Skip to main content

Thank you for visiting You are using a browser version with limited support for CSS. To obtain the best experience, we recommend you use a more up to date browser (or turn off compatibility mode in Internet Explorer). In the meantime, to ensure continued support, we are displaying the site without styles and JavaScript.

A subdomain of the endoplasmic reticulum forms a cradle for autophagosome formation


Autophagy is a bulk degradation process in eukaryotic cells and has fundamental roles in cellular homeostasis.The origin and source of autophagosomal membranes are long-standing questions in the field. Using electron microscopy, we show that, in mammalian culture cells, the endoplasmic reticulum (ER) associates with early autophagic structures called isolation membranes (IMs). Overexpression of an Atg4B mutant, which causes defects in autophagosome formation, induces the accumulation of ER–IM complexes. Electron tomography revealed that the ER–IM complex appears as a subdomain of the ER that formed a cradle encircling the IM, and showed that both ER and isolation membranes are interconnected.

This is a preview of subscription content, access via your institution

Relevant articles

Open Access articles citing this article.

Access options

Rent or buy this article

Get just this article for as long as you need it


Prices may be subject to local taxes which are calculated during checkout

Figure 1: Close association of the ER with the IM during autophagy.
Figure 2: Immunogold electron microscopy of ER–IM complexes.
Figure 3: Electron tomography of ER–IM complexes from control cells.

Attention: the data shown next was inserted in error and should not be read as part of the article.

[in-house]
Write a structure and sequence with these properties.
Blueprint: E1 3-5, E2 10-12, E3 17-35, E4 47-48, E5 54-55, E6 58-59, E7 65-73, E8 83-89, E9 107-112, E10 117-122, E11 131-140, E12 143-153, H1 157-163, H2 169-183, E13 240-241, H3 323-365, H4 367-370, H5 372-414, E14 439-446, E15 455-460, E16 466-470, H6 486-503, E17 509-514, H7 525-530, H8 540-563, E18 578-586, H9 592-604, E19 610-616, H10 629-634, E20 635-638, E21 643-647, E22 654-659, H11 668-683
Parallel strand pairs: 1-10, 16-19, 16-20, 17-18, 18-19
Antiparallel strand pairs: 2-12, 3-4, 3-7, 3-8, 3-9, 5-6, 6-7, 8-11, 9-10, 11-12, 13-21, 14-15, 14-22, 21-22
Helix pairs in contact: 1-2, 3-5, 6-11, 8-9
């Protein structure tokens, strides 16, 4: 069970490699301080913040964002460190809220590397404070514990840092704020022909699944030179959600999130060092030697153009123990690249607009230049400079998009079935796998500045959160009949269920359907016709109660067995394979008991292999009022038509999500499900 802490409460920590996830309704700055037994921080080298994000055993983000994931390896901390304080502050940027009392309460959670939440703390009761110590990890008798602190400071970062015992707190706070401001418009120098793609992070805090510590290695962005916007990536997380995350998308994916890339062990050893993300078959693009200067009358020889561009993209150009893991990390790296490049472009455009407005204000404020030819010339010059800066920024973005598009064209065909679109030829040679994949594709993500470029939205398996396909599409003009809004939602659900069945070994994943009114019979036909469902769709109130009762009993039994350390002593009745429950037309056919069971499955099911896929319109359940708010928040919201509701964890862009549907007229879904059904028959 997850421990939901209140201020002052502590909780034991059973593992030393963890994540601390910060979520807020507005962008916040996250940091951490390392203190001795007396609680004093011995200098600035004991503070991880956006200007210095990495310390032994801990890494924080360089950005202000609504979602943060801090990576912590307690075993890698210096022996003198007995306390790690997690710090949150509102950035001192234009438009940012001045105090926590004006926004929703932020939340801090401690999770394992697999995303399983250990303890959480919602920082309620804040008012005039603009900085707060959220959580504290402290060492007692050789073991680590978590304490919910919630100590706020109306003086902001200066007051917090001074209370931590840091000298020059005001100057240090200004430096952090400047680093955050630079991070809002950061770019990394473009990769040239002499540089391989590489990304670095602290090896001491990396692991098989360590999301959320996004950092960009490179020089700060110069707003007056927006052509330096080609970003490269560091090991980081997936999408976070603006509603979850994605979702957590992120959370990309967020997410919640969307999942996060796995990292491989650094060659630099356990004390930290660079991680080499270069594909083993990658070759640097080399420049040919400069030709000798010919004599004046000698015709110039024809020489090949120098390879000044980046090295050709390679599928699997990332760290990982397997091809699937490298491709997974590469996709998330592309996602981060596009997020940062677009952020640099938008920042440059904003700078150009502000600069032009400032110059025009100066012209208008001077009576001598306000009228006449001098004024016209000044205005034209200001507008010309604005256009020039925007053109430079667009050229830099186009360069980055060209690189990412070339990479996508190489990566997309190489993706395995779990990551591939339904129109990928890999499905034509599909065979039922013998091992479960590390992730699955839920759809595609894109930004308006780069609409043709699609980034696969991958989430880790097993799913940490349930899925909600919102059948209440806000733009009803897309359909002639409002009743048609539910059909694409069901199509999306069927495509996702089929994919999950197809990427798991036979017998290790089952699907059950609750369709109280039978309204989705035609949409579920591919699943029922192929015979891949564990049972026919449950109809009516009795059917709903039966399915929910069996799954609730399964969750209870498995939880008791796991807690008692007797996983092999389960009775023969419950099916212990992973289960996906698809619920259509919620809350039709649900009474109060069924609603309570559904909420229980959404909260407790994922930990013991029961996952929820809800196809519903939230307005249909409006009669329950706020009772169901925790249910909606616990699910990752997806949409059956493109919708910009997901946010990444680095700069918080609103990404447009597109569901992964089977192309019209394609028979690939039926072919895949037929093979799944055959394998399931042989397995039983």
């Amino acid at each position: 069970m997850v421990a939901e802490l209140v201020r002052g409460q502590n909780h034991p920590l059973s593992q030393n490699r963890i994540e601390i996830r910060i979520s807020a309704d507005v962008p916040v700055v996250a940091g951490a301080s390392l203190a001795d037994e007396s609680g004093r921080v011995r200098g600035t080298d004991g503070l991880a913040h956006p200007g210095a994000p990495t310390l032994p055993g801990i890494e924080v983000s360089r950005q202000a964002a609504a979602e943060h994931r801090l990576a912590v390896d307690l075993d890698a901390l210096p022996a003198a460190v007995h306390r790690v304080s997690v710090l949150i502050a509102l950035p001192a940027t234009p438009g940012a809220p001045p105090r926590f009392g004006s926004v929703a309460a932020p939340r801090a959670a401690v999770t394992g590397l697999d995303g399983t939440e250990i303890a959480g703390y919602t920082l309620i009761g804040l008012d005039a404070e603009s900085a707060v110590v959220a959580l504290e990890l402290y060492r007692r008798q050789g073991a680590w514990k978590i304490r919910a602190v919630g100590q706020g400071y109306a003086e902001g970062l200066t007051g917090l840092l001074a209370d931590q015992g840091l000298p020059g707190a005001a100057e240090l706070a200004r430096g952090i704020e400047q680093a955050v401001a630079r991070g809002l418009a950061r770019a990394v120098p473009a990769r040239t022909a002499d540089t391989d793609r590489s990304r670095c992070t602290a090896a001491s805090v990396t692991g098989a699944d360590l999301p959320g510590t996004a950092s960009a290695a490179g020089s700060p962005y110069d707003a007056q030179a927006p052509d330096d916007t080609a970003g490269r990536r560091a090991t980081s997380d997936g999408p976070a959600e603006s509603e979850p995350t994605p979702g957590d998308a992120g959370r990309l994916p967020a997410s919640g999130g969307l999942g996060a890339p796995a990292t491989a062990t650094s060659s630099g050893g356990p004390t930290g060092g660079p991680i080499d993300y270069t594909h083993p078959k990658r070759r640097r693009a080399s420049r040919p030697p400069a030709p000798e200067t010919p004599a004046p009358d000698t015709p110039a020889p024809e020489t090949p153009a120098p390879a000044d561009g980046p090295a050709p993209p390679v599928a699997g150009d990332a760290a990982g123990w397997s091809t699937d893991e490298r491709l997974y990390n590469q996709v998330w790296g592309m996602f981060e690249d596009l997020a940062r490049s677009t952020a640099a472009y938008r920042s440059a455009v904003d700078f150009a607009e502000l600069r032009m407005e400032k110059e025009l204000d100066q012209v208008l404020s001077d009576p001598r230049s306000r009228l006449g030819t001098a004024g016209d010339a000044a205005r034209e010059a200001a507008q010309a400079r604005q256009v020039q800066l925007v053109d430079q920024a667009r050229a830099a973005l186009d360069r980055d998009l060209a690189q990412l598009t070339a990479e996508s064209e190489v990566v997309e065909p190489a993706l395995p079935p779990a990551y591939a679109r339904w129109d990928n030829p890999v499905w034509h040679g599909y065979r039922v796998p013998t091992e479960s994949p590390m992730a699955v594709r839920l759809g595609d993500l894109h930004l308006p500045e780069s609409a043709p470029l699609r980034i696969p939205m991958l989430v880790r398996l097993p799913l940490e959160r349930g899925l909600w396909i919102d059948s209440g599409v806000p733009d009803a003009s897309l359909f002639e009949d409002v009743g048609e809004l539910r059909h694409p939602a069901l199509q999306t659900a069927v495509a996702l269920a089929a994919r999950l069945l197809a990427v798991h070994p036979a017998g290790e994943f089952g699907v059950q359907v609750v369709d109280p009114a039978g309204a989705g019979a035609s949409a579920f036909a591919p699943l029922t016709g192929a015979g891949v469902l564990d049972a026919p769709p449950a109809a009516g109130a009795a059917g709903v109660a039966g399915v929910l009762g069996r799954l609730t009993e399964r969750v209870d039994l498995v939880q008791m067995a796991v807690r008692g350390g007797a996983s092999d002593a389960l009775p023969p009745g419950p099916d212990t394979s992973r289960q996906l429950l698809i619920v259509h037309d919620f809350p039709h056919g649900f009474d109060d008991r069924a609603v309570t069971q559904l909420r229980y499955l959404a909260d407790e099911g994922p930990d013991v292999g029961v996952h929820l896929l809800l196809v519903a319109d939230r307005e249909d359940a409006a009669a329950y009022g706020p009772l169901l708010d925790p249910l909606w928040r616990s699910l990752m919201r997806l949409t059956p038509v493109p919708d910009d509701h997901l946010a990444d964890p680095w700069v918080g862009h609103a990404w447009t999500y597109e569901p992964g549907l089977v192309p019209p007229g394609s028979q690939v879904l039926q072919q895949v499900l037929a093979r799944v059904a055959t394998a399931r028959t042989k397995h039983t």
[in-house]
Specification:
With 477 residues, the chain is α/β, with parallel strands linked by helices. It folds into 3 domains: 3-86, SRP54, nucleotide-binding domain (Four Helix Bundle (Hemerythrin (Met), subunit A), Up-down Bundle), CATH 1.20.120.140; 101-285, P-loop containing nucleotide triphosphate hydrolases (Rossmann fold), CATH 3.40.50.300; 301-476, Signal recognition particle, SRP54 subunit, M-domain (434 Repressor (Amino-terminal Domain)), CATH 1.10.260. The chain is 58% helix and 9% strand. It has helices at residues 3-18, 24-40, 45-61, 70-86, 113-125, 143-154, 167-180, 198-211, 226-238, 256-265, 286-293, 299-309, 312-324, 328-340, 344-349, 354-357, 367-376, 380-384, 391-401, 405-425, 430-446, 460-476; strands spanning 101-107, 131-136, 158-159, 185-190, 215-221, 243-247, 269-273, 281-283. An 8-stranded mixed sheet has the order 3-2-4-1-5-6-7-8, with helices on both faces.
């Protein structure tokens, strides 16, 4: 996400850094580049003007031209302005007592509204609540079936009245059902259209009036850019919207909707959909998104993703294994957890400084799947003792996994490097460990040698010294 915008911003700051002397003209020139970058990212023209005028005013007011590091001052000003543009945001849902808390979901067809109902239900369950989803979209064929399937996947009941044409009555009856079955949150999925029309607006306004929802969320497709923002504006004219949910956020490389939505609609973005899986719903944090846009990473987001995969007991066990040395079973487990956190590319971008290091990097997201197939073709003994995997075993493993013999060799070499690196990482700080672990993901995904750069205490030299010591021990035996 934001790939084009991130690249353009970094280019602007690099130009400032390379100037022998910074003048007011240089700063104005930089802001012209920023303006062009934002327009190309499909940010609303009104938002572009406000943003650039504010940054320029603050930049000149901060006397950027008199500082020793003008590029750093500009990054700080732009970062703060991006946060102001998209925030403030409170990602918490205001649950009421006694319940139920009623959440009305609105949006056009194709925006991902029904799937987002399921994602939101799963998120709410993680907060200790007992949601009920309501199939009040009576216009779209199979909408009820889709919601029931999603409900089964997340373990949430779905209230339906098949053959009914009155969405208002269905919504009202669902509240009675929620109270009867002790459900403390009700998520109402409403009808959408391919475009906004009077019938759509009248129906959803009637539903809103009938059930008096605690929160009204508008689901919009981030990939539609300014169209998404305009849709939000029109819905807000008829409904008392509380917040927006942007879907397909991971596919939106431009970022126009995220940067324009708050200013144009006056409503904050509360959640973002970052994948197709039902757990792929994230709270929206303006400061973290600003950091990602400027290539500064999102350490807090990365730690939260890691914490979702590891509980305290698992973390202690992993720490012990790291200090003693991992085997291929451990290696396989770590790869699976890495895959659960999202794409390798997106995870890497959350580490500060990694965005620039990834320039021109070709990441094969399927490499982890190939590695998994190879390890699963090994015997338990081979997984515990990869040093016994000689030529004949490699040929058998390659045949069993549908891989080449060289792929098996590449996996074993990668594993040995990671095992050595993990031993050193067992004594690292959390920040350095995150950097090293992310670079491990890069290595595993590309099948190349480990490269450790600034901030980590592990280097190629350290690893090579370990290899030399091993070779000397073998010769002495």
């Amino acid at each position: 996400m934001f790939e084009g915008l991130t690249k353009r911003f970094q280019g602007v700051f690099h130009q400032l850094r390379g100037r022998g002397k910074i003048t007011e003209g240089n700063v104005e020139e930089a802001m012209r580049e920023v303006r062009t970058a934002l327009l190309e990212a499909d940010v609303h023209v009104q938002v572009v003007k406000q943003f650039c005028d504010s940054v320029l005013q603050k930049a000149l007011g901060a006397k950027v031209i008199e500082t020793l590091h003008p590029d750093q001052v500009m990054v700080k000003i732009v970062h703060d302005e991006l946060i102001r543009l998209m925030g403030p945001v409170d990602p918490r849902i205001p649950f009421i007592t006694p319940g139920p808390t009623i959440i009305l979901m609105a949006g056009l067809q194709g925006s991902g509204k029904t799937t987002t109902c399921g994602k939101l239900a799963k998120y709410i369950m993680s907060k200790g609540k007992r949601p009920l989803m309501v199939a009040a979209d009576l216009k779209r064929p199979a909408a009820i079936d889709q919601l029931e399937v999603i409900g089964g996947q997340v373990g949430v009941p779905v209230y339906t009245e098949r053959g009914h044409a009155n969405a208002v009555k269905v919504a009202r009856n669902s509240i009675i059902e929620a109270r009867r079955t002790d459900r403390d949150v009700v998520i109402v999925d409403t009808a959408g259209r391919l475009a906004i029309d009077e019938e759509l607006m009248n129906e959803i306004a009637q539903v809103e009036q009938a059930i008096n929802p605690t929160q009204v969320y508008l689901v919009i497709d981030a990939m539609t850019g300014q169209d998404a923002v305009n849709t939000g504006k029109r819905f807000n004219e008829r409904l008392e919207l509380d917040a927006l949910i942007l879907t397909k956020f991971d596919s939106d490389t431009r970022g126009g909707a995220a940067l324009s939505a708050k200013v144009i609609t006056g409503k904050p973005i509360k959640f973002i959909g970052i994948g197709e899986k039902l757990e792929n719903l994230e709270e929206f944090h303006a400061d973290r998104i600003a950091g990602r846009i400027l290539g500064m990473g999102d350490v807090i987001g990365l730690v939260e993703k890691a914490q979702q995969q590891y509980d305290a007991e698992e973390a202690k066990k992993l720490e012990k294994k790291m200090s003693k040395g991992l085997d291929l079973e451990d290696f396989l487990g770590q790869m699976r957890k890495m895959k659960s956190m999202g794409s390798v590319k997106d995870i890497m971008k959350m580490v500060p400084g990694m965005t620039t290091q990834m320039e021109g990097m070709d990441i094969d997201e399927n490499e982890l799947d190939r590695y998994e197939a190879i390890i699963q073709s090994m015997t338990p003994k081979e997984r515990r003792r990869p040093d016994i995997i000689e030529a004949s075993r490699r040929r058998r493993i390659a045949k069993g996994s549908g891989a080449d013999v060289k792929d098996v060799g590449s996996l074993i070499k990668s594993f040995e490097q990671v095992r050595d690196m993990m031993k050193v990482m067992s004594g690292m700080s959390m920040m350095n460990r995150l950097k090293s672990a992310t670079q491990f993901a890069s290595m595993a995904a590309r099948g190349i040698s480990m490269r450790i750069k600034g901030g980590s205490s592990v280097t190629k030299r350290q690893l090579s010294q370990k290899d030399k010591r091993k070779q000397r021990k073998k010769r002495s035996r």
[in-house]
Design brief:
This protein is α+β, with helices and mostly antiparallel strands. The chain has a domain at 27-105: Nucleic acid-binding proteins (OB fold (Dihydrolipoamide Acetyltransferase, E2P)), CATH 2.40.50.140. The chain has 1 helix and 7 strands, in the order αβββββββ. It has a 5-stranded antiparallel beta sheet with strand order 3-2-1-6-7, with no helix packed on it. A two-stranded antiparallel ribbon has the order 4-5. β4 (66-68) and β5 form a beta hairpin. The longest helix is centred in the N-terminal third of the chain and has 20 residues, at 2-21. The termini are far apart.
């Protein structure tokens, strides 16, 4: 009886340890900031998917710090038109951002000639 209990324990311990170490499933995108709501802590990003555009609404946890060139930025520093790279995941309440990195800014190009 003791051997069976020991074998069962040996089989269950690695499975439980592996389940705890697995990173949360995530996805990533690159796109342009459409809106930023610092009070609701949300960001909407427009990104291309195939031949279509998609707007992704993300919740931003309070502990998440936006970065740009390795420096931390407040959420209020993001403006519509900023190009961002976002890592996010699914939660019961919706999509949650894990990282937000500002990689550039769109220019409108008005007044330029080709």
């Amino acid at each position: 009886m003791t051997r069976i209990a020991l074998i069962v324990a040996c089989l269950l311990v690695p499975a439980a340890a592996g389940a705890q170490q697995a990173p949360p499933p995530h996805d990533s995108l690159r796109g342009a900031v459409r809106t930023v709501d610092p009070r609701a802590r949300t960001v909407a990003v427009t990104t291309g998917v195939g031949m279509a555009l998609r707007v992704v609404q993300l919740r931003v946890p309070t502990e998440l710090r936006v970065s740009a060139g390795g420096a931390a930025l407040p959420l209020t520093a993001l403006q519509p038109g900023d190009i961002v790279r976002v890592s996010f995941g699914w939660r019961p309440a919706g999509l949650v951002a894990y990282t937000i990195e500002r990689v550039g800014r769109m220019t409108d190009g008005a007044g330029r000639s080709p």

Figure 4: Electron tomography of two different ER–IM complexes shows a connection between the IM and the ER.
Figure 5: Possible models for autophagosome formation in mammalian cells.


  1. Mizushima, N. Autophagy: process and function. Genes Dev. 21, 2861–2873 (2007).

    CAS  PubMed  Google Scholar 

  2. Suzuki, K. & Ohsumi, Y. Molecular machinery of autophagosome formation in yeast, Saccharomyces cerevisiae. FEBS Lett. 581, 2156–2161 (2007).

    Article  CAS  PubMed  Google Scholar 

  3. Yoshimori, T. & Noda, T. Toward unraveling membrane biogenesis in mammalian autophagy. Curr. Opin. Cell Biol. 20, 401–407 (2008).

    Article  CAS  PubMed  Google Scholar 

  4. Juhasz, G. & Neufeld, T. P. Autophagy: a forty-year search for a missing membrane source. PLoS Biol. 4, e36 (2006).

    Article  PubMed  PubMed Central  Google Scholar 

  5. Dunn, W.A. Jr Autophagy and related mechanisms of lysosome-mediated protein degradation. Trends Cell Biol. 4, 139–143 (1994).

    Article  CAS  PubMed  Google Scholar 

  6. Furuno, K. et al. Immunocytochemical study of the surrounding envelope of autophagic vacuoles in cultured rat hepatocytes. Exp. Cell Res. 189, 261–268 (1990).

    Article  CAS  PubMed  Google Scholar